The biggest problem lies with the AI. I championed TXR0 as having some of the best AI that I had ever seen in a racing game at that time. Opponents were ferocious, bumping and jostling for position, ready to downshift and out maneuver you in tough situations. The opponents in TXR3 still forego the traditional, follow the optimal course line with little or no variation route, as seen in most racing games. Only this time there are obvious starting points for both your opponents and traffic in each encounter, and when you restart a rival race you will see that they follow a very specific scripted path. I am not sure if this is just more apparent to me now than it was then, racing games and their fans have grown after all, or if it is specific to this game. I do know, however, that I was not nearly as impressed this time around. One would hope that the AI would improve over the years, not languish and become stale.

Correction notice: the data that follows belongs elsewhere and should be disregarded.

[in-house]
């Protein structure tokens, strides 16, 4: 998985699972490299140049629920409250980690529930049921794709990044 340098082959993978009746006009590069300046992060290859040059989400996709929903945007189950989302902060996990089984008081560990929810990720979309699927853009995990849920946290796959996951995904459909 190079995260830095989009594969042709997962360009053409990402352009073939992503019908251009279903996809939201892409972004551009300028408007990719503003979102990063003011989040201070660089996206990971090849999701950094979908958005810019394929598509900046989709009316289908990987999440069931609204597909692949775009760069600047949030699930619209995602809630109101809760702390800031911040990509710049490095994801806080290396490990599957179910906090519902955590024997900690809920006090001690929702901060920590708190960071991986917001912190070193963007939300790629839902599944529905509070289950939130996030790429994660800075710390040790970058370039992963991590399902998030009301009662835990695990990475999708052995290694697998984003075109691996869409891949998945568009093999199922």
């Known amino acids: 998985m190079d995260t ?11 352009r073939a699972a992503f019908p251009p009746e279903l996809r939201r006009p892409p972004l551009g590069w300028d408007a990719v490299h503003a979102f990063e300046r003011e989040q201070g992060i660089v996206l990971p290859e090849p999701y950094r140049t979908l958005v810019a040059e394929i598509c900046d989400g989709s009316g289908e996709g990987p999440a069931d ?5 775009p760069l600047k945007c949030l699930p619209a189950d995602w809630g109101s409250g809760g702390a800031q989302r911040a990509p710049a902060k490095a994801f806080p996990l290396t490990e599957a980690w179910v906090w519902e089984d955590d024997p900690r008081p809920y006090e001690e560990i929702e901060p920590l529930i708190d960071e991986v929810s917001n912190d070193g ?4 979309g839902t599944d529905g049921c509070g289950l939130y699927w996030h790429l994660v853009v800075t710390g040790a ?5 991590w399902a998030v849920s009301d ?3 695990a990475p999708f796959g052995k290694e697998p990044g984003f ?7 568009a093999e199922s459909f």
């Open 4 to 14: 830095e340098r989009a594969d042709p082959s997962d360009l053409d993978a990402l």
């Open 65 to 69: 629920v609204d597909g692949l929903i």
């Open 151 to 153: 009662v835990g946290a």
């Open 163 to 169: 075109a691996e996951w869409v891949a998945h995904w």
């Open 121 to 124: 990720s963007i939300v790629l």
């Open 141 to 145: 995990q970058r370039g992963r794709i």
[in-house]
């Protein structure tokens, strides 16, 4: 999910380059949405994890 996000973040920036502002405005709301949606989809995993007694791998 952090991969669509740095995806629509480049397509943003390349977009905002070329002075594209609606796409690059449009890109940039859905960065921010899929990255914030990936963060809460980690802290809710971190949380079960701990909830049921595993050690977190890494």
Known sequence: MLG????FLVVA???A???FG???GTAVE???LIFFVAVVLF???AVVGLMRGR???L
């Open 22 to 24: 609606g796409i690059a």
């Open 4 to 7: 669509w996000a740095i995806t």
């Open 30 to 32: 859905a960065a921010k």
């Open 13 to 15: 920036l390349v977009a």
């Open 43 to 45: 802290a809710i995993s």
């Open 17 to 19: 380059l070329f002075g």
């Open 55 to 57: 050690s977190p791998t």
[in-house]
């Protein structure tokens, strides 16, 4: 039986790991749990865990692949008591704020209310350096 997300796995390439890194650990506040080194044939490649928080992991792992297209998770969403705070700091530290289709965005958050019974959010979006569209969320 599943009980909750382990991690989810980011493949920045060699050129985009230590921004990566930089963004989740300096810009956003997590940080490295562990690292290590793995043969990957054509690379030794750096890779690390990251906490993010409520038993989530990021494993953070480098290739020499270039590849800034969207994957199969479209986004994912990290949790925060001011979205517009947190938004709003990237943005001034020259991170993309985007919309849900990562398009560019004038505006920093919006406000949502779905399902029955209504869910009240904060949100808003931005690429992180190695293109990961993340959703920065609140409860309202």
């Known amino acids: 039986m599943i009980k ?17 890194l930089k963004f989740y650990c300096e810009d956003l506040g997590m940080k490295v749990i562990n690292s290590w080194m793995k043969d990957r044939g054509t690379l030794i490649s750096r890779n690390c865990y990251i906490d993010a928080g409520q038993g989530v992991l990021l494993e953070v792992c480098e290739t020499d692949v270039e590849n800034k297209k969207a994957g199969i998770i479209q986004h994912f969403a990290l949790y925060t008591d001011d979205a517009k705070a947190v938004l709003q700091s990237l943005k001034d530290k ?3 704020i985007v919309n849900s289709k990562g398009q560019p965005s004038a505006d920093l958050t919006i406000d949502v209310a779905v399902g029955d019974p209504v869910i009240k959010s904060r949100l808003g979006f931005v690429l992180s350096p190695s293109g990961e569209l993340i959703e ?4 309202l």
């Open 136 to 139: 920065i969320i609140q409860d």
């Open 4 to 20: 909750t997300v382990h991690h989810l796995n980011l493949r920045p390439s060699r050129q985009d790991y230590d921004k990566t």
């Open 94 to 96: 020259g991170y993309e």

Finally, there is the added problem that the TXR series is not nearly as unique as it once was. Games like Midnight Club 2 and Midtown Madness are similar in style or intent. While those titles may not offer the kind of in-depth modification system that TXR3 has, they do offer online gameplay. So does the upcoming Gran Turismo 4, which belongs to the franchise widely considered to be the king of all racing sims. Forget the obvious advantages to online gameplay, like having real rivalries with real players. Forget going global, matching your carefully crafted muscle car against others from all over the world. Instead, TXR3 is cheap, part of the under $20 set. Granted, there is a lot of game here for the cost. TXR fans and racing game enthusiasts will likely get their money's worth and then some. Still, while the TXR series is getting bigger, other racing franchises are getting better. I was hoping for more. I would rather have seen a true evolution of the series than a low sticker price. Maybe next time.